Posts: 1,896

Rep: Reputation: 61
Quote:
Originally Posted by itz2000 View Post
I think the line didn't deleted since we deleted the PPP0 line and that is a eth1 line.
Oops! My mistake.

Quote:
I will try to get a windows routing A.S.A.P,
If it doesn't work on Microsoft, I think it is time to call your ISP. (If your ISP is Linux friendly, you might call them w/o bothering with the Microsoft setup. I thought maybe you had already tried it.) If it does work on Microsoft, take a look at its routing table. IIRC the command is

Code:
route print
 
  


Reply


Thread Tools Search this Thread
Search this Thread:

Advanced Search

Posting Rules
You may not post new threads
You may not post replies
You may not post attachments
You may not edit your posts

BB code is On
Smilies are On
[IMG] code is Off
HTML code is Off



Similar Threads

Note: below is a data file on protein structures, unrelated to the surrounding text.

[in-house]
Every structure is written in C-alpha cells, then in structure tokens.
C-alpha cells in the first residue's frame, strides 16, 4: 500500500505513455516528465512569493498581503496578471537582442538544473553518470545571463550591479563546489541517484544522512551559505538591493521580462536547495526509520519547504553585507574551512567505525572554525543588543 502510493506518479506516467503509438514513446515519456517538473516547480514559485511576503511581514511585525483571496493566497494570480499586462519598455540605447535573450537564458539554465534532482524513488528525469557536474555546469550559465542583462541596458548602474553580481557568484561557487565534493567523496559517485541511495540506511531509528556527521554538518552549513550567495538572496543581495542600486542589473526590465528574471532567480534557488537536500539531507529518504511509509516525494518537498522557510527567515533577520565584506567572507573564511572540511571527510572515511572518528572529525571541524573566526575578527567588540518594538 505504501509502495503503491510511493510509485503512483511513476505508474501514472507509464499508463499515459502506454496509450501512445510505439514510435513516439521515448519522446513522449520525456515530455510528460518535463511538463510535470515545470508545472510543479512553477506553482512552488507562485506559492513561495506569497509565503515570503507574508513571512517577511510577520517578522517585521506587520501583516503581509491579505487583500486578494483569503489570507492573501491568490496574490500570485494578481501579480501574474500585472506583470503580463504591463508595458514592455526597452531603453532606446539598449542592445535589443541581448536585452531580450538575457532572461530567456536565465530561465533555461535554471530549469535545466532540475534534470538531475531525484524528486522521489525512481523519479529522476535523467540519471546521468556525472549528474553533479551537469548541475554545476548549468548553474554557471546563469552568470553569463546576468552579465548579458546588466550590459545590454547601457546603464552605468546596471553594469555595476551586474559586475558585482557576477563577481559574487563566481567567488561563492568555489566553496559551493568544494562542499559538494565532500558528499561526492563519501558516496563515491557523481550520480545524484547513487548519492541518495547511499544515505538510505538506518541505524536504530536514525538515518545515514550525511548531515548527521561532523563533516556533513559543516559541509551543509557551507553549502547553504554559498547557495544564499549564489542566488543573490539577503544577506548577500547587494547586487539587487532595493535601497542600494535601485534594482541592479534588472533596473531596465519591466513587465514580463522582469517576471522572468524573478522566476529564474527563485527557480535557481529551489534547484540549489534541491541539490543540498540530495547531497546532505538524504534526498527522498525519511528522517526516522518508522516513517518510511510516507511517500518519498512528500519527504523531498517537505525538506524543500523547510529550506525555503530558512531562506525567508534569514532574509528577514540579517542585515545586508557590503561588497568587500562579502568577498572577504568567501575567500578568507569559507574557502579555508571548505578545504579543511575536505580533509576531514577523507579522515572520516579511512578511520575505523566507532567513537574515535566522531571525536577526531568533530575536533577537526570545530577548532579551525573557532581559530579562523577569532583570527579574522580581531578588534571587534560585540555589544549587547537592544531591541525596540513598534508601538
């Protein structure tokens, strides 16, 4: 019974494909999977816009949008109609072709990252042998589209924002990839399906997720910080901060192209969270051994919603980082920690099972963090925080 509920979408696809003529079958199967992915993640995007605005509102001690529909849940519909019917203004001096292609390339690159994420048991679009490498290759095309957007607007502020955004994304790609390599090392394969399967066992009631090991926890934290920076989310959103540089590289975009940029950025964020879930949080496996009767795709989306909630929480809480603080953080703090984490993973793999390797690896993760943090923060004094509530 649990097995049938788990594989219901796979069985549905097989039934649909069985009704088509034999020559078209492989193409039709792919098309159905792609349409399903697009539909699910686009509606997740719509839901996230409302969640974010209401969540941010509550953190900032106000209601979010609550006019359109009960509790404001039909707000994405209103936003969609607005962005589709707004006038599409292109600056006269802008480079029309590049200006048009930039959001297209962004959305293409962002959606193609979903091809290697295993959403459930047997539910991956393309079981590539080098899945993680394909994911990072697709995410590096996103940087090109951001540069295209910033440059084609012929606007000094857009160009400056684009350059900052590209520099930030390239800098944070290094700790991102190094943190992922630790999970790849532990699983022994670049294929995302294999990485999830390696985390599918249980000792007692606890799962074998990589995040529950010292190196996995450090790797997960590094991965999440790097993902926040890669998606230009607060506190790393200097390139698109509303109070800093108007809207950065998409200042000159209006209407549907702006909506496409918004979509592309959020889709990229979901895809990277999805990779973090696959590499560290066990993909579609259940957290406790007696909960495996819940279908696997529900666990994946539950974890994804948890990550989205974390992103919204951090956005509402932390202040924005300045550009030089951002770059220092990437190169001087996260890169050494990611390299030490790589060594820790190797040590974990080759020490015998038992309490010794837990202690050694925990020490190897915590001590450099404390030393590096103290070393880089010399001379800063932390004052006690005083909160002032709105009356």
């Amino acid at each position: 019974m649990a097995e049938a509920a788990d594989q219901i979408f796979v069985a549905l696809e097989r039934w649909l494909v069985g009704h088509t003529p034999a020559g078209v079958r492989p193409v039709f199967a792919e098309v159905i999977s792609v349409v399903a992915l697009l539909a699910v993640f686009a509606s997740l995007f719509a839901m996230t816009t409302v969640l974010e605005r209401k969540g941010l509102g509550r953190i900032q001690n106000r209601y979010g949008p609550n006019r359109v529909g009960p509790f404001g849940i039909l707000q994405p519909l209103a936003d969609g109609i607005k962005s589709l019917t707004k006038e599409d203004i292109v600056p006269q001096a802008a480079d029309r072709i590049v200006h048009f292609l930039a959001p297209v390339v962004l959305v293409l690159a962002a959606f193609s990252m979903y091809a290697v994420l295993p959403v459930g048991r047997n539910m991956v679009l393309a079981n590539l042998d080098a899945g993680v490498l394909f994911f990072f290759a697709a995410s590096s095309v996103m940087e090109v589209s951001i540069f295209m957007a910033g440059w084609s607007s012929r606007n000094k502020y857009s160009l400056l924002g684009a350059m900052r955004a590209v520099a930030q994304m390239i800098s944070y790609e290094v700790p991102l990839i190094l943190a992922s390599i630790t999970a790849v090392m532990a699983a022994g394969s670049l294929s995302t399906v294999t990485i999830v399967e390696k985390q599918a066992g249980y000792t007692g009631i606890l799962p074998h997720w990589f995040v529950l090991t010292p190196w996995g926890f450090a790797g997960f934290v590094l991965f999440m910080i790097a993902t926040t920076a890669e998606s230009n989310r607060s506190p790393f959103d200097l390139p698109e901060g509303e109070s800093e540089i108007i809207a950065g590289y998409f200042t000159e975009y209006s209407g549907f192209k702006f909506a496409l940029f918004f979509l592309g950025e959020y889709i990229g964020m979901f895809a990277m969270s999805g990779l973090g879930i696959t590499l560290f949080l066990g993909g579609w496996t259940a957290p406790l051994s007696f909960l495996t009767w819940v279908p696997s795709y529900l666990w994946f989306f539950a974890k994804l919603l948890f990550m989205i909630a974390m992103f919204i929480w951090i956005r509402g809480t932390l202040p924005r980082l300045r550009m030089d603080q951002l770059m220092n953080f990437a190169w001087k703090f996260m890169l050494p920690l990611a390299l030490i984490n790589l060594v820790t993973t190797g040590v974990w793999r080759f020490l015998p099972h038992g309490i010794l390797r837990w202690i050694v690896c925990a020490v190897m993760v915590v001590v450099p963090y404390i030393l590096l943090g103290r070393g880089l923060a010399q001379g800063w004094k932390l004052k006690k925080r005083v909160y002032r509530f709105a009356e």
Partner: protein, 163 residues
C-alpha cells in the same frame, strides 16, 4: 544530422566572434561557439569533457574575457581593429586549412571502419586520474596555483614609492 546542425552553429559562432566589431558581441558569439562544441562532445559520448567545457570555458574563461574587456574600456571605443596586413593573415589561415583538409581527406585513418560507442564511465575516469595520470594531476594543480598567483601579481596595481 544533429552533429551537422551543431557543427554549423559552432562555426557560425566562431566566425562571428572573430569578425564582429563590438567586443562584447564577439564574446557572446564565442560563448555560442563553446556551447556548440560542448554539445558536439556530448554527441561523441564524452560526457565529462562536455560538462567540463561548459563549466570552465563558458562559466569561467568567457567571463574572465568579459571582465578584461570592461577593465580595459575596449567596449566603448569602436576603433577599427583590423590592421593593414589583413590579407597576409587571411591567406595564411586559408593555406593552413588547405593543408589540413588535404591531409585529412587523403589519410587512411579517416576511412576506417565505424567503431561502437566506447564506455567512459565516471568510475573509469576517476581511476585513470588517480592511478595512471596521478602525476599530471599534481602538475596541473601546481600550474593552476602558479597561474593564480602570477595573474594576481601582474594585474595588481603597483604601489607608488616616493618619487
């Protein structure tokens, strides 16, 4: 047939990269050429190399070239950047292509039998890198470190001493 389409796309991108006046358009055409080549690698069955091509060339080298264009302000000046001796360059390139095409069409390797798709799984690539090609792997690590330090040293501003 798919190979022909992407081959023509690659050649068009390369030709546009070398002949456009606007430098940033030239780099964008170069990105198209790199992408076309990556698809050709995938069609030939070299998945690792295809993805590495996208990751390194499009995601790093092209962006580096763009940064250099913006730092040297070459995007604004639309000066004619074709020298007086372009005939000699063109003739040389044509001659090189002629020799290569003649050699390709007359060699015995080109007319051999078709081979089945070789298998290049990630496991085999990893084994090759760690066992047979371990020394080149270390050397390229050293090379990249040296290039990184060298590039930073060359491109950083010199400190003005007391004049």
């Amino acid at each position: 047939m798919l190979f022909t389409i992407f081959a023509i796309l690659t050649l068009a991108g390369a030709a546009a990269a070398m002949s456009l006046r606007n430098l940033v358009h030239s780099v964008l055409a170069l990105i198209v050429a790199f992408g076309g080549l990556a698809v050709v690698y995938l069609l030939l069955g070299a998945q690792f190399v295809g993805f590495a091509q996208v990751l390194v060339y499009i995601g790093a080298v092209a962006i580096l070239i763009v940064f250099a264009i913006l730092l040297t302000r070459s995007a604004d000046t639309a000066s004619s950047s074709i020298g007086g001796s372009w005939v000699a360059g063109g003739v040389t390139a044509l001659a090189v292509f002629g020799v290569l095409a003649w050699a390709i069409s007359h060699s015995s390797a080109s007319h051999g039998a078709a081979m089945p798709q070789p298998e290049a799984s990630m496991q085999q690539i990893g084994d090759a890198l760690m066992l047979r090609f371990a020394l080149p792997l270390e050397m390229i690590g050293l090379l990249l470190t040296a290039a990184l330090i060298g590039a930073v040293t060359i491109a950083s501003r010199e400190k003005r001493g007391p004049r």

Thread Thread Starter Forum Replies Last Post
Configuring routing table with 2 network cards chanakya Linux - Newbie 3 06-03-2008 07:04 AM
routing table selie Linux - Networking 2 05-04-2007 09:12 AM
routing table arvind kumar Linux - Networking 2 06-08-2005 11:59 PM
Help with a Routing Table maginotjr Linux - Networking 4 06-06-2005 09:49 AM
routing table upr8830 Linux - Networking 6 06-18-2003 03:04 AM

LinuxQuestions.org > Forums > Linux Forums > Linux - Networking

All times are GMT -5. The time now is 12:17 AM.

Main Menu
Advertisement
My LQ
Write for LQ
LinuxQuestions.org is looking for people interested in writing Editorials, Articles, Reviews, and more. If you'd like to contribute content, let us know.
Main Menu
Syndicate
RSS1  Latest Threads
RSS1  LQ News
Twitter: @linuxquestions
Open Source Consulting | Domain Registration